When USC Trojan Marching Band Director Arthur Bartner joined the university in 1970, the band was scattered across campus. Uniforms were stored in one area, large instruments in another. He managed to snag the basement of Stonier Hall in 1995, but the program soon outgrew the narrow, cramped space.
Two decades later, The Spirit of Troy finally has its own home on the second floor of the Lyon Center, in the Dr. Arthur C. Bartner Band Pavilion. The space was named through a gift from Stephen Johnson ’80 and Rosemarie Torres Johnson ’82, and includes bigger lockers (with a shelf for sunglasses), a rehearsal hall, a lounge and storage dedicated to uniforms and larger instruments.
“You can feel the energy. This is our new home, with all the bells and whistles,” Bartner says. A nook above the rehearsal area allows Bartner to survey and direct the ensemble. Murals fill the walls and helmets from past years are on display.
Alumni and friends of the band are already competing for naming opportunities to help fund the space. Donors have snapped up sponsorship of rooms like the lounge, men’s locker room and pantry.
“There’s a certain feeling of fulfillment that is very satisfying,” says Bartner, who is closing in on half a century helming the band. “I have a feeling that my mission is now complete.”
Scroll on for a tour of the band’s headgear through the ages, and learn more about the band’s history on the TMB website.
USC Trojan Marching Band: Helmet History
Drop by the lobby of the new band pavilion and you’ll find a display of helmets that trace The Spirit of Troy’s rich history. As one of the most famous and visible ambassadors of school spirit, the USC Marching Band and its distinctive look has evolved over the years as its entertained millions of fans.
In an effort spearheaded by Tommy “The Toe” Walker ’48 (the legendary drum major who also doubled as a placekicker for the football team), the band switched from maroon uniforms and caps in favor of a look unique to USC — a Trojan warrior. The helmet was molded from one piece of painted plastic.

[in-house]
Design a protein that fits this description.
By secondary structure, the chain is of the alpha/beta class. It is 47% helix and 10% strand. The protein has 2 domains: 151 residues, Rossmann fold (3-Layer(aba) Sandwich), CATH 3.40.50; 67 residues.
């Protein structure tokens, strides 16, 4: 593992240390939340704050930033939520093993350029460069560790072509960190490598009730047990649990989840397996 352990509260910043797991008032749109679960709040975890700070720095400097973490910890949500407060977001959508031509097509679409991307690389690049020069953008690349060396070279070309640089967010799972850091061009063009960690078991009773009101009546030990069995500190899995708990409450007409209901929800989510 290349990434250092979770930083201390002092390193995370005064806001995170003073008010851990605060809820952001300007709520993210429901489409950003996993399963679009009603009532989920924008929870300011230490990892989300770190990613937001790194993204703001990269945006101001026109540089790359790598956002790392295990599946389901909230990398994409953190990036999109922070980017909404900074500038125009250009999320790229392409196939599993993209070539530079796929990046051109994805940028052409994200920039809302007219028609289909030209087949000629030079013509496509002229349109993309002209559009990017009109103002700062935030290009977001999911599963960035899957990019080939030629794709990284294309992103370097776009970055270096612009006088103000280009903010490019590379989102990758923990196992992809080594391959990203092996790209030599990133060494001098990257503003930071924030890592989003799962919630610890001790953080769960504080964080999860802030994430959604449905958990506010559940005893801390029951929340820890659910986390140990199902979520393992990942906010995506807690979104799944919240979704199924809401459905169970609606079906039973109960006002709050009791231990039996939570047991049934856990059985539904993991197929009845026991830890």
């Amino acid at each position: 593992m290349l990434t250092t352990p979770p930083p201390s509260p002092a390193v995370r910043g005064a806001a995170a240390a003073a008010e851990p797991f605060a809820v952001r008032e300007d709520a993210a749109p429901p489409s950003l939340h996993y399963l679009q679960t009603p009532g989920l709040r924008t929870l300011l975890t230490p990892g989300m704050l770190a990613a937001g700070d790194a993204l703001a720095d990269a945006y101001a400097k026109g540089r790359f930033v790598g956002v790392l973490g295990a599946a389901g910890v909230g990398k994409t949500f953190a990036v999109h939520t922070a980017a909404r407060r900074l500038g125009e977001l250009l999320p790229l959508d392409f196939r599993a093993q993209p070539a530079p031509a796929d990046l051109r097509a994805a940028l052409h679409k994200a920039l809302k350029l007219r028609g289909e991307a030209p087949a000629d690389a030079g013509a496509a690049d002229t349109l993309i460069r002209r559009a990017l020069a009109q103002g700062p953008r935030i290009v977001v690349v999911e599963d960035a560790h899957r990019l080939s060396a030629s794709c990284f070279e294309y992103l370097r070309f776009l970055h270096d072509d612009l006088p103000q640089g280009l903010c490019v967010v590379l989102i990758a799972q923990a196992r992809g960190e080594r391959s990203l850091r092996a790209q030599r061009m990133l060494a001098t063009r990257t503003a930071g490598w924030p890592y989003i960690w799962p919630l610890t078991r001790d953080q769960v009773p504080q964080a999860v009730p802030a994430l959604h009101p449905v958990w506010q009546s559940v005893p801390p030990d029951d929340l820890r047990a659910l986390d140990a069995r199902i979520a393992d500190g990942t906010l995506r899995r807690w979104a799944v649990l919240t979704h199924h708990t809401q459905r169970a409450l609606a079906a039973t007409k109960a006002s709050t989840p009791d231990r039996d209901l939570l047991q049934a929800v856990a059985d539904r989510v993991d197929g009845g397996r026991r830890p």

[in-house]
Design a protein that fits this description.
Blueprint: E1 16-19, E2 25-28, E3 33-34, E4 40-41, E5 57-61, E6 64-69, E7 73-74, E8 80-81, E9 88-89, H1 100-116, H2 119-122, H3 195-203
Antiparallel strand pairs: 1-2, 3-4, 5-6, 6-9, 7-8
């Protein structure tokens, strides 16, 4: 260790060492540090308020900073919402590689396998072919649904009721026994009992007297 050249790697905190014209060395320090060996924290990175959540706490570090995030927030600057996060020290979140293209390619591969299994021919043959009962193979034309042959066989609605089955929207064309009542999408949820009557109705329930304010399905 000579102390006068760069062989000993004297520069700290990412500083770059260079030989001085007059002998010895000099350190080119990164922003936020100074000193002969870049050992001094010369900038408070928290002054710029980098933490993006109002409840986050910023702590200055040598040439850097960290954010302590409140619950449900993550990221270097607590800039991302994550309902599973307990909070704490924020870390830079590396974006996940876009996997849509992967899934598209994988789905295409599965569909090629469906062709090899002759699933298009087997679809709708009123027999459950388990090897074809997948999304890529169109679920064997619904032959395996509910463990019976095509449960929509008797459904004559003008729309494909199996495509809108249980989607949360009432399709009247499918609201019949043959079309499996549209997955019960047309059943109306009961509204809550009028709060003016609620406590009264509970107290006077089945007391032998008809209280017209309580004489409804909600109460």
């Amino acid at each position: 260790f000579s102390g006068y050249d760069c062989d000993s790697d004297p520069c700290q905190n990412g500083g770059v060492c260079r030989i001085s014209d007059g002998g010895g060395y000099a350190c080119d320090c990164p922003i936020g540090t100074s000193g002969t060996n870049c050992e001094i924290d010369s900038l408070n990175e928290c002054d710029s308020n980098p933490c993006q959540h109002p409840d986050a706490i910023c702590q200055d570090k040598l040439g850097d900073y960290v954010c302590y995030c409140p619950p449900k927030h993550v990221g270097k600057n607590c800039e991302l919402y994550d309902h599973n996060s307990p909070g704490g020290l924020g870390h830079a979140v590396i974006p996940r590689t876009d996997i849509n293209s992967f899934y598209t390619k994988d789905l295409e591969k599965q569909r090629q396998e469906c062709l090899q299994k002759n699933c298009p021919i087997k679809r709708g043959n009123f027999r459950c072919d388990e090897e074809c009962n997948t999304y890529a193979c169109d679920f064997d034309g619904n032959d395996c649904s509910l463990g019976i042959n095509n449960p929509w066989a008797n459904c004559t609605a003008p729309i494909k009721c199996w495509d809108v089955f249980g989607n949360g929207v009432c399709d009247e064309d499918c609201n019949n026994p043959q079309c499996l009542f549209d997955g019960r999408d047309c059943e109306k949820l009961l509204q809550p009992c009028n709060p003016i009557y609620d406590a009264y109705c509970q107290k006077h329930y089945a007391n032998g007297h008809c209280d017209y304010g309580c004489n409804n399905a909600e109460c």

Women were allowed to join the band in 1971 (it had reverted back to being an all-male group after World War II), and the band’s tall flags and colorguard group—now called the Silks—also made their official debut that year. The Spirt of Troy’s new uniforms and headgear debuted the following season. Helmets were topped with a bristle plume and included faux leather chin flaps (now green with age) and small button-like shields on the molded visor. The updated uniforms were created by the Walt Disney Co. and included bright cardinal and gold capes over jackets decorated with a Greek key design.
Two similar versions of this brush helmet were introduced in 1980 and were used at the same time. Freshmen and sophomores were given this model, which had a hard visor. Older band members fought for the embroidered visor that had darker embellishments and longer chin flaps.
A new set of uniforms and helmets were unveiled during the Homecoming game against Arizona State to celebrate the 100th anniversary of USC’s founding. It was also a special day in band history: During halftime, Fleetwood Mac presented band director Art Bartner with a platinum record honoring USC’s collaboration on the hit song Tusk. The updated outfits included jackets emblazoned with a Trojan head and a footwear change to white spats. Two helmet models were used; this version included a soft visor that was a departure from previous models, though it still had a thick bristle plume.
A fresh look made a dramatic debut during the Notre Dame game: the band wore the old uniforms for the first half of the game and then marched out during halftime in the new set. Jackets had larger white shields on the front, capes were longer and the headgear had feathery plumes and a high-shine finish.
This helmet is still used today as part of The Spirit of Troy’s signature look. It incorporates a few key upgrades to the 1986 version for better comfort and durability. The interior is fitted with an adjustable hardhat suspension system, which offers stronger (and cooler) head protection. The embossed visor is sturdier, chin straps are larger and more substantial and the plume is fuller. The design also accommodates another recent headgear essential: a red USC baseball cap, which members wear backward under the helmet. (Why? So that band members can remove the helmets and still look uniform wherever they are.)